Well, we will have to wait and see. If nothing else, MS remain as unpredictable as ever and the goal posts may yet change. Also, I did say that Windows 7 is still the most popular O/S out there, if you exclude consoles, tablets and phones, and this is including the expansive gaming community. Why else would MS decide to make DIrectX 12 available for Windows 7 die hards?

in terms of end users, then, of course, you are correct Windows 10 is currently leading the field. However, these numbers do not reflect the willingness of users to adopt Windows 10 as evidenced by tales of increasing numbers who are electing to go back to Windows 7. I suspect MS have accepted they still have a hill to climb as, quite clearly, their attempts at coercion have failed and there remains quite a lot of resentment out there surrounding their somewhat dubious tactics. It’s now time for mending bridges and offering DirectX 12 for Windows 7 may be forming part of that refreshing scenario. Also, it gives the lie to the previous assertion that it could not be done. Nothing is impossible in the digital world; all it needs is motivation, finance and manpower.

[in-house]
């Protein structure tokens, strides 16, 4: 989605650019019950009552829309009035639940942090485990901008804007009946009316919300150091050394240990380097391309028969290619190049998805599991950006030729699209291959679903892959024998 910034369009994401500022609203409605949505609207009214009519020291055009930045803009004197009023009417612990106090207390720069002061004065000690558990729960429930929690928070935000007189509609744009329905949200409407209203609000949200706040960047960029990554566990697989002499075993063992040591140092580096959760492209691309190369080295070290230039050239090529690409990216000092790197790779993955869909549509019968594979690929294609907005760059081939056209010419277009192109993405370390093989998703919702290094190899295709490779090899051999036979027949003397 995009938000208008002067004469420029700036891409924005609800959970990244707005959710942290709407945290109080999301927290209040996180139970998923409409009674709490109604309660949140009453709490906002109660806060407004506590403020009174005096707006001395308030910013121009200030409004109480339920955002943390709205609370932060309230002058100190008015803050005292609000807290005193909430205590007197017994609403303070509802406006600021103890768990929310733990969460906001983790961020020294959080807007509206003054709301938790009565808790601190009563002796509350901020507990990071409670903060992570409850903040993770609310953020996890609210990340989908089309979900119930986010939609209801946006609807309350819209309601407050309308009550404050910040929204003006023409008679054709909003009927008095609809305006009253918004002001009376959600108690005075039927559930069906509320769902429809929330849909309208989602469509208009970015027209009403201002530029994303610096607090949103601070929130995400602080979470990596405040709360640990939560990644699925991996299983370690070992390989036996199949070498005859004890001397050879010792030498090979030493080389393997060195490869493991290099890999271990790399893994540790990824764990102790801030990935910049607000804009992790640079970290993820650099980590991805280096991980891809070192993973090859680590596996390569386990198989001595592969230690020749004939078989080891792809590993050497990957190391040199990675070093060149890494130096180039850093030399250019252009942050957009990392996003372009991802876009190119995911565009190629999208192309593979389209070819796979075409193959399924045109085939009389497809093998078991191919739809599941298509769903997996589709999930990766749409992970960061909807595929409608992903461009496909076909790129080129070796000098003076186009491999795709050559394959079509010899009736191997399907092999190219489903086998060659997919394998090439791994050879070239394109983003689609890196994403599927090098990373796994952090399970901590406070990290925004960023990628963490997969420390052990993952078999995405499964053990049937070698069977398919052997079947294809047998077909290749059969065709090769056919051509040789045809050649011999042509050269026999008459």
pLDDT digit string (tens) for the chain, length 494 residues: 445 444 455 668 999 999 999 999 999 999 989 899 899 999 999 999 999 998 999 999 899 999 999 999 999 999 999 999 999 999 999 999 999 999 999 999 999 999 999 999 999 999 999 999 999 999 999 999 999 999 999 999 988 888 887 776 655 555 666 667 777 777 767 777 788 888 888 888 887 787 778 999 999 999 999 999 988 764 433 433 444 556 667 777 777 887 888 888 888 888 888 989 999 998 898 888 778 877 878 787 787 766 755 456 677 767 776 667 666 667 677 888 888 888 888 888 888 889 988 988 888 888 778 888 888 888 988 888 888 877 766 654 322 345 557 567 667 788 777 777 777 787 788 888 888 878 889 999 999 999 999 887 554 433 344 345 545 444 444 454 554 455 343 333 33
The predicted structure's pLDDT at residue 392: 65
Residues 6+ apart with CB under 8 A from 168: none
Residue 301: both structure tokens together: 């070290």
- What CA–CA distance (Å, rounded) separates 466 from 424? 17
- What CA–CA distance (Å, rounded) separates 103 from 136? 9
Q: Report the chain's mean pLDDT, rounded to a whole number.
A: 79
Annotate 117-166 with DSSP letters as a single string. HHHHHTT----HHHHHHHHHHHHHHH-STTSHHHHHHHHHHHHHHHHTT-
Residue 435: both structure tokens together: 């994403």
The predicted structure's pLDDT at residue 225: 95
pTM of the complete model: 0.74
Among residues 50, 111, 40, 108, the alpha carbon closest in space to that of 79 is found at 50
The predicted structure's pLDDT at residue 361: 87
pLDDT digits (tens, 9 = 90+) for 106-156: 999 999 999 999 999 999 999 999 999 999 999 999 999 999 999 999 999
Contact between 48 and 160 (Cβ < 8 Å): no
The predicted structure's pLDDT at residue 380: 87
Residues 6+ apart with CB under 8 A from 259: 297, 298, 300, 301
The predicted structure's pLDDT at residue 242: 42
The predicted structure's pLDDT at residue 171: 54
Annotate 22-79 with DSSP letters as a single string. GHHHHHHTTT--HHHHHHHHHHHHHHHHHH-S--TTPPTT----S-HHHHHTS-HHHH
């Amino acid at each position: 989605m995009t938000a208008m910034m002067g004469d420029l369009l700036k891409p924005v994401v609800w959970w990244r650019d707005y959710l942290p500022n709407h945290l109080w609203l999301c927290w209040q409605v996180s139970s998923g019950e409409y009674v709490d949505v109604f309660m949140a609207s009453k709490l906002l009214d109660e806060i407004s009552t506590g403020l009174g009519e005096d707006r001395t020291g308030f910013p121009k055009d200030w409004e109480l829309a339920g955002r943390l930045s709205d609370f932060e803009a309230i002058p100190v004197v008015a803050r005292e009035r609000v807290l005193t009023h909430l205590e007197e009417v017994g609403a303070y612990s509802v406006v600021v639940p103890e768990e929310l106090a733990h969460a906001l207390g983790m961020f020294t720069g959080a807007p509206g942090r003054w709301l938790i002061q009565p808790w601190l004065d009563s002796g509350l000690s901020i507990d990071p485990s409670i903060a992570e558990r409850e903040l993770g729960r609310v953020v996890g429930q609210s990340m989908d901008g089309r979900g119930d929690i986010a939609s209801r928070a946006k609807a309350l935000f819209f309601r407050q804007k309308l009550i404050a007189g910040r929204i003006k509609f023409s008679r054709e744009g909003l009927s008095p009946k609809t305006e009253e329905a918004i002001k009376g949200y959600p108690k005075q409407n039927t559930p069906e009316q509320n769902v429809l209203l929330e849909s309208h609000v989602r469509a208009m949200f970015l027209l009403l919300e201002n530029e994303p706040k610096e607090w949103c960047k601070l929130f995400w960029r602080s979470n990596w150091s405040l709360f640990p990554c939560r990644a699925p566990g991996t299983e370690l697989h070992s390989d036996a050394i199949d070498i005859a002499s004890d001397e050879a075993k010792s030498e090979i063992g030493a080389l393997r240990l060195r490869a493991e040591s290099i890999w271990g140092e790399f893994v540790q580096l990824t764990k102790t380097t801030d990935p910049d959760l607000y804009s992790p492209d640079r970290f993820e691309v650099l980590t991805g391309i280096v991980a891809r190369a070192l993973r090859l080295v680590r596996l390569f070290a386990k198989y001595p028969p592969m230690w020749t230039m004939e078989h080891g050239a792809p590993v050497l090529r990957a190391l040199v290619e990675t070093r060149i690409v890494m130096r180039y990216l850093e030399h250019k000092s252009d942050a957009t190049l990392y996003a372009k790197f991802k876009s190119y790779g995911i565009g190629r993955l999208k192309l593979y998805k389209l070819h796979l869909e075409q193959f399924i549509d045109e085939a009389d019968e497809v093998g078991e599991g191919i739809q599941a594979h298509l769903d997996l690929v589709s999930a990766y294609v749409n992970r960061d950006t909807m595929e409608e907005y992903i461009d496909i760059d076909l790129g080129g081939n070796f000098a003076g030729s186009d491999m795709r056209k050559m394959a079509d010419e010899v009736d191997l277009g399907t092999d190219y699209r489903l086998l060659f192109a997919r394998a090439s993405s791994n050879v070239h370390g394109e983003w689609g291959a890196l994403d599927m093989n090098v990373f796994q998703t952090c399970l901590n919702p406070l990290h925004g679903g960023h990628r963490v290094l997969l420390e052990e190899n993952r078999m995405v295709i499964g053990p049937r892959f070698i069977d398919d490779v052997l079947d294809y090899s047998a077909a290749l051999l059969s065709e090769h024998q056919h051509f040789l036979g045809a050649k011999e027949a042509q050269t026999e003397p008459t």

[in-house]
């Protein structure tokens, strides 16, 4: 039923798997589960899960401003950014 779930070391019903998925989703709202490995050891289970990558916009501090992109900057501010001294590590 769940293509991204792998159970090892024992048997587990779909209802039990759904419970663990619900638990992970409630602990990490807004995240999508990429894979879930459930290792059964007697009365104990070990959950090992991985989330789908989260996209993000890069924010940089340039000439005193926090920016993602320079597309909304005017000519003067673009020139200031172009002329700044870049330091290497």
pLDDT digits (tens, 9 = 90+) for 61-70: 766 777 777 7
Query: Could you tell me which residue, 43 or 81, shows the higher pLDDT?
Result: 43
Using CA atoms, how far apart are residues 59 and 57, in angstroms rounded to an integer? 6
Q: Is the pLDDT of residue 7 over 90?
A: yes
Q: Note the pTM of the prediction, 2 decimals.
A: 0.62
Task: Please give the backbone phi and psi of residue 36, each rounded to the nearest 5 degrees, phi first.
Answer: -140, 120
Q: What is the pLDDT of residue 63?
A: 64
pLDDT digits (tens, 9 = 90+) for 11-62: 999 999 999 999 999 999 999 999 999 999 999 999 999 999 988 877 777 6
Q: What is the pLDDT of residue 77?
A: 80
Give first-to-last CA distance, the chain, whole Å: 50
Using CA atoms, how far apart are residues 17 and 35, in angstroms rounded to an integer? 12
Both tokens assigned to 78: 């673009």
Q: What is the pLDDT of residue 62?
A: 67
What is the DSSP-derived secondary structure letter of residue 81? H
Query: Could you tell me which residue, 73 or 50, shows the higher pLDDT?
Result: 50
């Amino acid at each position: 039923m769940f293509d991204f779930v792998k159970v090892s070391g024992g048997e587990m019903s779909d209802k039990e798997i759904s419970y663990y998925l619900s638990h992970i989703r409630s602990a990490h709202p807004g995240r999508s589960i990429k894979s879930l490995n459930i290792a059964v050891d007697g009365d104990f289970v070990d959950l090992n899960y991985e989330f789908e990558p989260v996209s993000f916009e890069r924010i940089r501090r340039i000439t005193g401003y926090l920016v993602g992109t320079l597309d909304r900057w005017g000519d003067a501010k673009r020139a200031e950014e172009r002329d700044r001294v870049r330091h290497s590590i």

Doubtless the movement towards the adoption of Windows 10 will progress commensurate with ongoing positive development. However, if manufacturers are not persuaded to continue their support for Windows 7 then growing hardware incompatibilities will accelerate the demise of this trusted and venerable operating system whether we like it or not.

Regards,

Mike